interaction was done if the keychain was already unlocked) before
           it returned password=secr3t.

        3. Use the credential (e.g., access the URL with the username and
           password from step (2)), and see if it's accepted.

        4. Report on the success or failure of the password. If the credential
           allowed the operation to complete successfully, then it can be
           marked with an "approve" action to tell git credential to reuse it
           in its next invocation. If the credential was rejected during the
           operation, use the "reject" action so that git credential will ask
           for a new password in its next invocation. In either case, git
           credential should be fed with the credential description obtained
           from step (2) (which also contain the ones provided in step (1)).

INPUT/OUTPUT FORMAT
       git credential reads and/or writes (depending on the action used)
       credential information in its standard input/output. This information
       can correspond either to keys for which git credential will obtain the
       login/password information (e.g. host, protocol, path), or to the
       actual credential data to be obtained (login/password).

       The credential is split into a set of named attributes, with one
       attribute per line. Each attribute is specified by a key-value pair,
       separated by an = (equals) sign, followed by a newline. The key may
       contain any bytes except =, newline, or NUL. The value may contain any
       bytes except newline or NUL. In both cases, all bytes are treated as-is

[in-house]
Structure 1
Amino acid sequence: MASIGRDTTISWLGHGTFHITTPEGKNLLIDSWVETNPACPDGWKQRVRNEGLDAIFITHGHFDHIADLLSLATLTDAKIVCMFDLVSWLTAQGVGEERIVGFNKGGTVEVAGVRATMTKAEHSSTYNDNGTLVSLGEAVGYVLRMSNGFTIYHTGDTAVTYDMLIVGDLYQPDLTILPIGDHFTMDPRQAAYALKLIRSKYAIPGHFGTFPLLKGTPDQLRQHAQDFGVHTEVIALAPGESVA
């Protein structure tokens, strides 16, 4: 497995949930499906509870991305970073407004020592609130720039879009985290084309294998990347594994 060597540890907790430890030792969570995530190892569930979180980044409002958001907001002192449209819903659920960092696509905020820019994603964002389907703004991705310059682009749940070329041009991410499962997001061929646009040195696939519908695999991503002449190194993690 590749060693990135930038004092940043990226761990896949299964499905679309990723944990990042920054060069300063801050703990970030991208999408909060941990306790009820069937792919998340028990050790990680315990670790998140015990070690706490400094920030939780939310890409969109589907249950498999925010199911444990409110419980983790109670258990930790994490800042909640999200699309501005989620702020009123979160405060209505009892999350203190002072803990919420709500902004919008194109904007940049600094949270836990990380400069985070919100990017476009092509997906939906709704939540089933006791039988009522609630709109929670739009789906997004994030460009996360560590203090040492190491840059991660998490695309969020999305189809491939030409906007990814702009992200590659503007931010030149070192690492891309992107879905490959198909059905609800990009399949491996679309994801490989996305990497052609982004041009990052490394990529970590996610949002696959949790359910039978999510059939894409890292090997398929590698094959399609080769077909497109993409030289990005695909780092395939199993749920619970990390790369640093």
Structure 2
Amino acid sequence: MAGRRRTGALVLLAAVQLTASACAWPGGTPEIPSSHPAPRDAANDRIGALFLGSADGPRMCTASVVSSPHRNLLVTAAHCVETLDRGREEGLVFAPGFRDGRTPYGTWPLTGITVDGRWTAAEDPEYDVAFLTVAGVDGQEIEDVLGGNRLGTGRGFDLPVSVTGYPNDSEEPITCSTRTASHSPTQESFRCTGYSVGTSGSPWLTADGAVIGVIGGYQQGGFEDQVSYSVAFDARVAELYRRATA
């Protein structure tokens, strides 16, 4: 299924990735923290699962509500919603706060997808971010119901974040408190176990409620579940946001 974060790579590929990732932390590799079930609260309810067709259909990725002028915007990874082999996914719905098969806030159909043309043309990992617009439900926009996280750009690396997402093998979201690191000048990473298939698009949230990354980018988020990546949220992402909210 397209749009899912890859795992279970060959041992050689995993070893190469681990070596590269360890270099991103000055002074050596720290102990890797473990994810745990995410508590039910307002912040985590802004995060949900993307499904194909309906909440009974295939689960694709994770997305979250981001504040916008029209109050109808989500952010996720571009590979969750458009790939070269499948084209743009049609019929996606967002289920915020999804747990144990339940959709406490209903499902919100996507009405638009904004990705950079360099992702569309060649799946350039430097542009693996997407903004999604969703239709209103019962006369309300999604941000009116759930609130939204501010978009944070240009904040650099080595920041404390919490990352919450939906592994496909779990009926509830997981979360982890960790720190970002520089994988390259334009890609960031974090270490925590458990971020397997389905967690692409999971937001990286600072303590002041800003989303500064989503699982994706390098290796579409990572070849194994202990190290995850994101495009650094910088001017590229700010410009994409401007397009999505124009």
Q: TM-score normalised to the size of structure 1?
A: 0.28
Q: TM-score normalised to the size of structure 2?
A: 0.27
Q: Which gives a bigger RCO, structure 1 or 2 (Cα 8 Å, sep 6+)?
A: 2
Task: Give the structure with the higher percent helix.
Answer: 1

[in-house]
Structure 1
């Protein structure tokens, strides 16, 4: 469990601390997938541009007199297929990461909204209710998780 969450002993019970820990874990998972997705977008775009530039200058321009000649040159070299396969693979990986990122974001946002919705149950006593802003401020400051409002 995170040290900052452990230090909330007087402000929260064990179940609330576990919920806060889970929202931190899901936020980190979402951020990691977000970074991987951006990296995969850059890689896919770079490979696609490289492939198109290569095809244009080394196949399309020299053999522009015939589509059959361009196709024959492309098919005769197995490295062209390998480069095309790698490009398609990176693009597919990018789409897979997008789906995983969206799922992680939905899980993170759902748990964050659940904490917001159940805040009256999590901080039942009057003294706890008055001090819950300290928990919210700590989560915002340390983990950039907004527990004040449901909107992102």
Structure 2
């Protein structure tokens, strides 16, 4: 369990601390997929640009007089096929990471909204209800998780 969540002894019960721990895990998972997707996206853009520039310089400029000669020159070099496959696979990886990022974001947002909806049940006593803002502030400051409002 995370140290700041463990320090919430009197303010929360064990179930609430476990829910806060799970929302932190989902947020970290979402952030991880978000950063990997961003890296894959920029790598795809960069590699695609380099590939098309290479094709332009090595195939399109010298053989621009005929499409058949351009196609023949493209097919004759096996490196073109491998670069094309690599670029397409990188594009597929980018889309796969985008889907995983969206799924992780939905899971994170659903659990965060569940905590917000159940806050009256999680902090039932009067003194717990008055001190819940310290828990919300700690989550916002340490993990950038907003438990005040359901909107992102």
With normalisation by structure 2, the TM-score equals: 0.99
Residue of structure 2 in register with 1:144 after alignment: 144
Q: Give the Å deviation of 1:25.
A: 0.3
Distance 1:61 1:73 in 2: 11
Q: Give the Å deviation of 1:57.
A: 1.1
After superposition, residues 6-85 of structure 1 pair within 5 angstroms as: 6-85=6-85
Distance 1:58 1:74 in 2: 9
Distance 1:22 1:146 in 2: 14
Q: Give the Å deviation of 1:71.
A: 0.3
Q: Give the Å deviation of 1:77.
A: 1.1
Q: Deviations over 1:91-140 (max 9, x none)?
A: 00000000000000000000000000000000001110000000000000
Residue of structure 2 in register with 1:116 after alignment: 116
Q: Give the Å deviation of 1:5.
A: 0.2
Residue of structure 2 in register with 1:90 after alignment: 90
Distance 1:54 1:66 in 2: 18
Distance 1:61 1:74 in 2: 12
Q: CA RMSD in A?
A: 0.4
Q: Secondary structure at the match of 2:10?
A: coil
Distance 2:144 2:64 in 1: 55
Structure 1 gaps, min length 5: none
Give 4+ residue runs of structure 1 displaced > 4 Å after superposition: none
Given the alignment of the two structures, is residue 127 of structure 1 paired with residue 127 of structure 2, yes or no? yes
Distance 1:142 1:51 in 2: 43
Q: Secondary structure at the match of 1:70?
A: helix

(i.e., there is no quoting, and one cannot transmit a value with
       newline or NUL in it). The list of attributes is terminated by a blank
       line or end-of-file. Git understands the following attributes:

       protocol
           The protocol over which the credential will be used (e.g., https).

       host
           The remote hostname for a network credential.

       path
           The path with which the credential will be used. E.g., for
           accessing a remote https repository, this will be the repository's
           path on the server.

       username
           The credential's username, if we already have one (e.g., from a
           URL, from the user, or from a previously run helper).

       password
           The credential's password, if we are asking it to be stored.

       url
           When this special attribute is read by git credential, the value is
           parsed as a URL and treated as if its constituent parts were read
           (e.g., url=https://example.com would behave as if protocol=https
           and host=example.com had been provided). This can help callers
           avoid parsing URLs themselves. Note that any components which are
           missing from the URL (e.g., there is no username in the example
           above) will be set to empty; if you want to provide a URL and
           override some attributes, provide the URL attribute first, followed
           by any overrides.

NOTES
        1. the Git credential API
           file:///usr/share/doc/git/html/technical/api-credentials.html

Git 2.14.2                        09/26/2017                 GIT-CREDENTIAL(1)

Man(1) output converted with man2html
list of all man pages